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Answer Boxes, sometimes called Featured Snippets, are a very useful element of today’s SERPs. Google sees billions of queries every day, and many can best be handled by offering an answer or instructions at the top of the page. Some questions are explicit, like “how to change a tire.” Others are implied, such as “boiling point of water.”

In either case, Google determines that a searcher may not need ten blue links to get the information they’re looking for. That’s where Answer Boxes come in. The search engine scrapes the answer from what it determines to be a quality page, then displays it, along with a link to the source, above other organic links. As SEOs, we need to be prepared for when clients come to us seeking advice on features such as this. In the interest of helping everyone out, here’s a quick primer on optimizing content for Answer Boxes.

Q: What kind of content can appear in an Answer Box?

A:  Most Answer Boxes only contain copy. Ideally, the text picks up right where the user’s questions left off. There are instances where an image will be included in the Answer Box, such as the result below. However, queries with a visual element are often better served by Google Images results.


Q: Does a page have to rank #1 to earn an Answer Box?

A: Nope! Earlier this year, Dr. Peter J. Meyers posted an extensive breakdown of data about Featured Snippets. He found that while your URL needed to rank on the first page of search results for a query, it didn’t need to occupy the #1 spot.

Q: How do I know which keywords to target?

A: Before we get into the details of optimizing a page for an Answer Box, we need to develop a way to identify keywords worth targeting. The last answer provided a clue; you should look at terms where your site shows up on the first page of results.

Once you’ve isolated these keywords, peruse the list for explicit or implied questions. It’s likely that customers in the early stages of the Consumer Decision Journey have questions about your products. A keyword like “how to clear drain” would be very valuable for a local plumber. An implied question, such as “mortgage types,” could help a bank or real estate agent win an Answer Box.

In reality, you may not rank well for those high-volume queries. There may, however, be long-tail variations worth targeting.

Q: How do I optimize a page for the Answer Box?

A: Once you’ve identified your page-one keyword, it’s time to critically examine your ranking URL. Since Answer Boxes are, by their nature, aimed at answering questions, it helps if your content is formatted along those lines.

Be blunt. If the URL covers only one topic, then use the question itself as your title tag and H1. On-page copy should rephrase the question while answering it. Here’s an example:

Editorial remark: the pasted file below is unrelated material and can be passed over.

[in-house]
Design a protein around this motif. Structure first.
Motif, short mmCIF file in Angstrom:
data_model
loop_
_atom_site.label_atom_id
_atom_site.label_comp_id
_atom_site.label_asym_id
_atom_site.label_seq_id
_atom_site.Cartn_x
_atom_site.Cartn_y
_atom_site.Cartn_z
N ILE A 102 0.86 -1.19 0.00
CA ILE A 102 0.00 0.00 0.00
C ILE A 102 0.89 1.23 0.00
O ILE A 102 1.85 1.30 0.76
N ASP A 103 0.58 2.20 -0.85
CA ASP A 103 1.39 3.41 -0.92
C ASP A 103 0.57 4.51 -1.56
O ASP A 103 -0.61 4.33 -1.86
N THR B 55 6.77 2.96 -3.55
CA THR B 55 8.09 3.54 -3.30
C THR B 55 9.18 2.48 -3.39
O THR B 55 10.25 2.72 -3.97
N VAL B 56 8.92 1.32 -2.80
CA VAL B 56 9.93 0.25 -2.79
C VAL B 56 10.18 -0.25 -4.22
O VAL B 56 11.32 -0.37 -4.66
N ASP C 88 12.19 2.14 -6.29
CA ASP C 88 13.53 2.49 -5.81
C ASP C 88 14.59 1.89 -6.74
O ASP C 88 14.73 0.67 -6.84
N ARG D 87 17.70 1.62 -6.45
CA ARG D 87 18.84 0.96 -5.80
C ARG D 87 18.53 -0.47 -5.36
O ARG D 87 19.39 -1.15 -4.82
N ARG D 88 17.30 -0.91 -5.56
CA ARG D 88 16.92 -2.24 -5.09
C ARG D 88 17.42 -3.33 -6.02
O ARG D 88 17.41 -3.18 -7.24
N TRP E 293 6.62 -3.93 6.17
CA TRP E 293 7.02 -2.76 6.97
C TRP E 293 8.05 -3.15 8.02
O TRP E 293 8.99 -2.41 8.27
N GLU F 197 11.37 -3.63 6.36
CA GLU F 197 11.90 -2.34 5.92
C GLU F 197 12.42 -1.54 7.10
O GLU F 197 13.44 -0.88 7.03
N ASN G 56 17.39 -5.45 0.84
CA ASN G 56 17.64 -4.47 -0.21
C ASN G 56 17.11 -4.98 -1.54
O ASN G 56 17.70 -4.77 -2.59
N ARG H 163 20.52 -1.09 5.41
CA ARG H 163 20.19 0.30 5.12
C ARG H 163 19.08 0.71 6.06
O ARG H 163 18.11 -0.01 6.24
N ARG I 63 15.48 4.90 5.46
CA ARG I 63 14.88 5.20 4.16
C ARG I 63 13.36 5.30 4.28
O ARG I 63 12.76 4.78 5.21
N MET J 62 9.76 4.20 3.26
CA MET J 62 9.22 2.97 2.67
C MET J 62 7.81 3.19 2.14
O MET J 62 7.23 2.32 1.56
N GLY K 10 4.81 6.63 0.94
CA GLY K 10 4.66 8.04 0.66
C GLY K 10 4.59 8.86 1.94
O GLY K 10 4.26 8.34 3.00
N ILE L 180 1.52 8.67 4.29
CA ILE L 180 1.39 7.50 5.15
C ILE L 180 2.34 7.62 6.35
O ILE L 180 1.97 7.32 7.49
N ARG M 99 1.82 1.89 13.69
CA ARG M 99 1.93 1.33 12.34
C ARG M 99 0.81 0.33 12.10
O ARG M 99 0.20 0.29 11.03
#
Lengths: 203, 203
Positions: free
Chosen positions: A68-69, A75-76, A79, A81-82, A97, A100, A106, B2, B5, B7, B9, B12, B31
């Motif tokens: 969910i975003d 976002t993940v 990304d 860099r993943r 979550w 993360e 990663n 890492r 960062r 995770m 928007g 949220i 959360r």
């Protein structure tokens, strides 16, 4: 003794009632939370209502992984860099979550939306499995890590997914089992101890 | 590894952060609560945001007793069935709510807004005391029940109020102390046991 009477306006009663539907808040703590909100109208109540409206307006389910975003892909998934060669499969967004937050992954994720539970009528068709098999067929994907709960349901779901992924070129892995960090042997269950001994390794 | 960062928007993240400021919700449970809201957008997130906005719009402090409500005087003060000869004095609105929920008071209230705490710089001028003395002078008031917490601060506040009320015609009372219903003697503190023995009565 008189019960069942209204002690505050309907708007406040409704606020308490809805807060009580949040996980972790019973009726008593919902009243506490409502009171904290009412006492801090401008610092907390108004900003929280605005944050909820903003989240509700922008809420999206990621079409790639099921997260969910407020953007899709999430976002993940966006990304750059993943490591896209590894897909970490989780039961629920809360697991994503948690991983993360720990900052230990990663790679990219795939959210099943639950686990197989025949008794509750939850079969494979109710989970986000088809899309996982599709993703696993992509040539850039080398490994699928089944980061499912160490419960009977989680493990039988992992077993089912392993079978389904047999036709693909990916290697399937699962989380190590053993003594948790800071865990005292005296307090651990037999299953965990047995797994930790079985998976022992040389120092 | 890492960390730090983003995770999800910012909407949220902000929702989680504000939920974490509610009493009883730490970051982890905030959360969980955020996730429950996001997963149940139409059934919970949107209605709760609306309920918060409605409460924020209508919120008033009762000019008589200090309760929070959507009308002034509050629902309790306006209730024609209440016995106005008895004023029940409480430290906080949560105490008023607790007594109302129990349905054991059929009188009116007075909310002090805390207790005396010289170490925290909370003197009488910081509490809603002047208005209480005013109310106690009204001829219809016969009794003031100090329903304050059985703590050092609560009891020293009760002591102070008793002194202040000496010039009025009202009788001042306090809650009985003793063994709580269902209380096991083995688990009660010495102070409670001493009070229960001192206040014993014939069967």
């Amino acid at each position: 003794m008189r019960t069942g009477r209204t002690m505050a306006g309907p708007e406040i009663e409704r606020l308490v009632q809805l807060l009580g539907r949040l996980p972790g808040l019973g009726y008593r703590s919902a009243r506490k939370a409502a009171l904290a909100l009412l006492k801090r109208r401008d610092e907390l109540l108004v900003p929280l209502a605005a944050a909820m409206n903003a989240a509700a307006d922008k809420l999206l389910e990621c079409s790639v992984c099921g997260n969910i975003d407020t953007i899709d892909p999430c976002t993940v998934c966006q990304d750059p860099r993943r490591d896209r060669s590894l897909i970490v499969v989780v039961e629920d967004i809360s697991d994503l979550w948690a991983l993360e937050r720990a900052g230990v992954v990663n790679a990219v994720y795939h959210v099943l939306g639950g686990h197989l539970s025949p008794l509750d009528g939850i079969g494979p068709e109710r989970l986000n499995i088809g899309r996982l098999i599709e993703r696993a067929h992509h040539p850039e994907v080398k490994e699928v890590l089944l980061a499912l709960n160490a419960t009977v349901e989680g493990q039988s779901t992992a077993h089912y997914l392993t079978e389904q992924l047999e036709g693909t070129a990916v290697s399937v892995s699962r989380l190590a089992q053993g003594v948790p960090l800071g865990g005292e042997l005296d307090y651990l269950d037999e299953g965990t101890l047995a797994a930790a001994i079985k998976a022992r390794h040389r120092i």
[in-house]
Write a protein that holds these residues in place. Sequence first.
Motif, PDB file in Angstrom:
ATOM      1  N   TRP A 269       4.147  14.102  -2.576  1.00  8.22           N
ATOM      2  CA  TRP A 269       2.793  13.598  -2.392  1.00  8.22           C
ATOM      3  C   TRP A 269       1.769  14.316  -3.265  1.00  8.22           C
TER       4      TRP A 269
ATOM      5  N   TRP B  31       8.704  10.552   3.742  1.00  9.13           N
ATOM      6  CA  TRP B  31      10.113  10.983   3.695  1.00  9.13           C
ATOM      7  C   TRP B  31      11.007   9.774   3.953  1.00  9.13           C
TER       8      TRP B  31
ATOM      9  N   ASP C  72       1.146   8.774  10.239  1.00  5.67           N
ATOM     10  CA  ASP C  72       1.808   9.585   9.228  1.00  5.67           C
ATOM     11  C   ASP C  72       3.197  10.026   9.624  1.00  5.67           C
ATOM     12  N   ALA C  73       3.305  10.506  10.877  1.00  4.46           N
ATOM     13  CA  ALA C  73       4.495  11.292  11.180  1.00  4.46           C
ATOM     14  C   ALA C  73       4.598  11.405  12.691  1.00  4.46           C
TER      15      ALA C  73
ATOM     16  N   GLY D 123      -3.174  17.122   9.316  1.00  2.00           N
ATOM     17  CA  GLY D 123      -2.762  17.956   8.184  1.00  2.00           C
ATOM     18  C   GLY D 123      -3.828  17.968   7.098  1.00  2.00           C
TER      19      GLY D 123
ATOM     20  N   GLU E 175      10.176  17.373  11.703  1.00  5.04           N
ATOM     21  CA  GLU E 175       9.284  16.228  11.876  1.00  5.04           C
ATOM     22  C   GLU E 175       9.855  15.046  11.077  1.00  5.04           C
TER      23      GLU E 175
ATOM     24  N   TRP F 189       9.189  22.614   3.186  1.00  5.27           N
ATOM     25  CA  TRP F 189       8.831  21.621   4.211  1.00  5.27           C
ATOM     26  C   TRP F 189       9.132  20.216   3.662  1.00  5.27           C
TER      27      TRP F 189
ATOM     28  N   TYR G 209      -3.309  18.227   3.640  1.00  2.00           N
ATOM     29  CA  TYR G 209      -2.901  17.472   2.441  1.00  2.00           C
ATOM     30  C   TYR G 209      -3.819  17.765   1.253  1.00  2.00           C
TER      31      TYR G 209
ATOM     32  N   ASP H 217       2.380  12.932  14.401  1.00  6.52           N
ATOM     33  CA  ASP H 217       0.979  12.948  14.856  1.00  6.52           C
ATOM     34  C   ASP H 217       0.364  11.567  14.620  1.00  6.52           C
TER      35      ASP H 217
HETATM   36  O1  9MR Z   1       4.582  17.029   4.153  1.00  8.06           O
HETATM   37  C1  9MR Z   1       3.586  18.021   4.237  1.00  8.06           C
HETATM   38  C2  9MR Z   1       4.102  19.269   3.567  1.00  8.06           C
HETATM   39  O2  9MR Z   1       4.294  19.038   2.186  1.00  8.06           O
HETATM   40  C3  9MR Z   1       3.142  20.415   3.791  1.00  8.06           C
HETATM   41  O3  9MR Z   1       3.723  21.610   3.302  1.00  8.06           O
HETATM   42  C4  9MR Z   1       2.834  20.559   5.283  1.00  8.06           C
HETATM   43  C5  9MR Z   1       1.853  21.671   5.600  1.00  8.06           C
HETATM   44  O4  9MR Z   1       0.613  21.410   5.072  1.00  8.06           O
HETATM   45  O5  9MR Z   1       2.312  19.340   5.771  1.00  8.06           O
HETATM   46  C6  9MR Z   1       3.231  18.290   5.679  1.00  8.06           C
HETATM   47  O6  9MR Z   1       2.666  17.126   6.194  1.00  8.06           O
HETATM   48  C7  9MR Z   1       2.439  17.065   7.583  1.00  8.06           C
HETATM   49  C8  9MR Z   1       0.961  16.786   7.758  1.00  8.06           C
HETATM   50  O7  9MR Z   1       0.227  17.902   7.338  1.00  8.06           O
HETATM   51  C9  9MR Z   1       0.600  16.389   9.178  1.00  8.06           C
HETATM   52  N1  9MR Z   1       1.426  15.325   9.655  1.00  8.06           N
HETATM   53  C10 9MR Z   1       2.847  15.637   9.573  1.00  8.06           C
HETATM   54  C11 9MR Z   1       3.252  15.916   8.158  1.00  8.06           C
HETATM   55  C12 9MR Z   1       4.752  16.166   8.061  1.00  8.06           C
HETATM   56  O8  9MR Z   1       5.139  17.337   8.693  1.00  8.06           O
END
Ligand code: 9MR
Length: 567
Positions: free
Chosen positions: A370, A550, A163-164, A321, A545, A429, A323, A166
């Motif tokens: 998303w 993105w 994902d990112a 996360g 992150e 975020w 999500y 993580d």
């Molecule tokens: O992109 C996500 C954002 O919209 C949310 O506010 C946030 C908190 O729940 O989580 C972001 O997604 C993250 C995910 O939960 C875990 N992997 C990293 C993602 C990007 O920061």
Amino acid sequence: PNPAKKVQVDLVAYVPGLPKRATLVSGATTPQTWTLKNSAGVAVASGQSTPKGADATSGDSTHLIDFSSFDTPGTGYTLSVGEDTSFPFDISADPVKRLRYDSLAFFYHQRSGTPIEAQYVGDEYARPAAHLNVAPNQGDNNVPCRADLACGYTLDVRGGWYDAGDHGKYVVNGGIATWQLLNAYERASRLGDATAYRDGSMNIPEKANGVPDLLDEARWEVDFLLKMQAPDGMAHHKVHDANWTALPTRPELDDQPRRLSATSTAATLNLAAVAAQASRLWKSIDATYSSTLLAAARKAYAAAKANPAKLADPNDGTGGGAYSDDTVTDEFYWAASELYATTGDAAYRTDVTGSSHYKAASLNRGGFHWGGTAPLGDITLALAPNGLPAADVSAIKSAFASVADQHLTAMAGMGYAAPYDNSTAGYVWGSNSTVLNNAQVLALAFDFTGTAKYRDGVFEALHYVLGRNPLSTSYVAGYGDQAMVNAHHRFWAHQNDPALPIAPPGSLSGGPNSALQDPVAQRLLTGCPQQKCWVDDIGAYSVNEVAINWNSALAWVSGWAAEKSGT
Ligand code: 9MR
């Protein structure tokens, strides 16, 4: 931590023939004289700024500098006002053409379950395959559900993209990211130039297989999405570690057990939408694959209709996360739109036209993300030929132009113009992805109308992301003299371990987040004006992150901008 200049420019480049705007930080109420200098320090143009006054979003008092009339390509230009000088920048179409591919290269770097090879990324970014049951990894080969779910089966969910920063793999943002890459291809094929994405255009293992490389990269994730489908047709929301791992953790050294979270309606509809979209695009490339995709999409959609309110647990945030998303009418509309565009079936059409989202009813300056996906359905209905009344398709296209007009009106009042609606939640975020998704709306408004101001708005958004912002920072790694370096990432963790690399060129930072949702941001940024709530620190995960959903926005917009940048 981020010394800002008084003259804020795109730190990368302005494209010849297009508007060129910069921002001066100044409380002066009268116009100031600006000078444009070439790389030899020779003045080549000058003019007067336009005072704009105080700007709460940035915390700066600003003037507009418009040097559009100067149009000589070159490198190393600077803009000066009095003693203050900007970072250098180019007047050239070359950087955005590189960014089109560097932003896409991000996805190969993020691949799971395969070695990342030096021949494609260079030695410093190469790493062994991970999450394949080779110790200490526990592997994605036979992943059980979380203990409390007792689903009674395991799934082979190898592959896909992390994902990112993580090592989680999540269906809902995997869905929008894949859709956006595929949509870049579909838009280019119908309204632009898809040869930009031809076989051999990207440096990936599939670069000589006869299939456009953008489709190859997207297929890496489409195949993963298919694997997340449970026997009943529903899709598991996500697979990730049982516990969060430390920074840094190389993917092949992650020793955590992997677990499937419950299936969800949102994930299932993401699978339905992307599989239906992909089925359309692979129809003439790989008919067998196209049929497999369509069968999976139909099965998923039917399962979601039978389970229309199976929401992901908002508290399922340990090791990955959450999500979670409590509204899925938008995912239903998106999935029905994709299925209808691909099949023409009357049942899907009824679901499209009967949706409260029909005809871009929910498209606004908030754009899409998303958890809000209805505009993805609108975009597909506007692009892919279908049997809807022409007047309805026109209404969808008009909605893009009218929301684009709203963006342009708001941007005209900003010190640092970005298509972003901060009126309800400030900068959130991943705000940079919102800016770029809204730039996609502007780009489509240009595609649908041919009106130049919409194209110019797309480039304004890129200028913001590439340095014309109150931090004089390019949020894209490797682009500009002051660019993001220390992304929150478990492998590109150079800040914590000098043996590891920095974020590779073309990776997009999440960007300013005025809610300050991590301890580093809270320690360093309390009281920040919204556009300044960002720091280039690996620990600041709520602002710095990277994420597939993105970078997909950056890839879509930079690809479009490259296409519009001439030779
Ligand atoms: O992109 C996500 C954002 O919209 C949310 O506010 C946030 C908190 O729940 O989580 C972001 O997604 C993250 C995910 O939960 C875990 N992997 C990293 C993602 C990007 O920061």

Title tag: How to Clear a Drain in 3 Easy Steps | M&L Plumbing

H1: How to Clear a Drain

Copy: In order to clear a plugged sink or shower drain, you’ll need some tools and elbow grease.

Despite all its advancements in semantic search and language processing, Google still craves structure. For this reason, it’s a good idea to literally provide your instructions in a step-by-step format. Use an organized list. Dealing with measurements or specs? Reach back into your 1990s web toolkit and bust out a table.

In fact, the Q&A format of this very article could lend itself to an Answer Box. Amazing!

Q: What if my ranking page covers more than one topic?

A: A comprehensive page may not be focused on only one aspect of your topic. To use the example above, maybe the page about clearing a clogged pipe also contains content about proper installation of a sink drain. You probably don’t want to change the entire focus of the page if it’s already performing pretty well.

In this case, use an H2 to highlight the question, and then provide the relevant copy beneath it. You’re essentially turning the article into a mini-FAQ page.

Q: What if this all changes tomorrow, and Google abandons Answer Boxes? Won’t I look stupid?

A: We all know that Google giveth, and Google taketh away. The smart money says Answer Boxes are going to be with us for a while, as they’re popping up for more and more queries. Even if the switch is turned off, what damage have you done? You now have well-formatted pages that will help your customers get answers to the questions they’re asking.

Gregory Sidor is the Content Lead for Earned Media at The Search Agency. Prior to his arrival in 2014, Gregory worked as a content producer at the L.A. Daily News, Myspace and The Walt Disney Company. He has a passion for smart websites that deliver on their meta descriptions. He also enjoys stand-up comedy, astronomy and exploring Southern California’s beautiful landscape.

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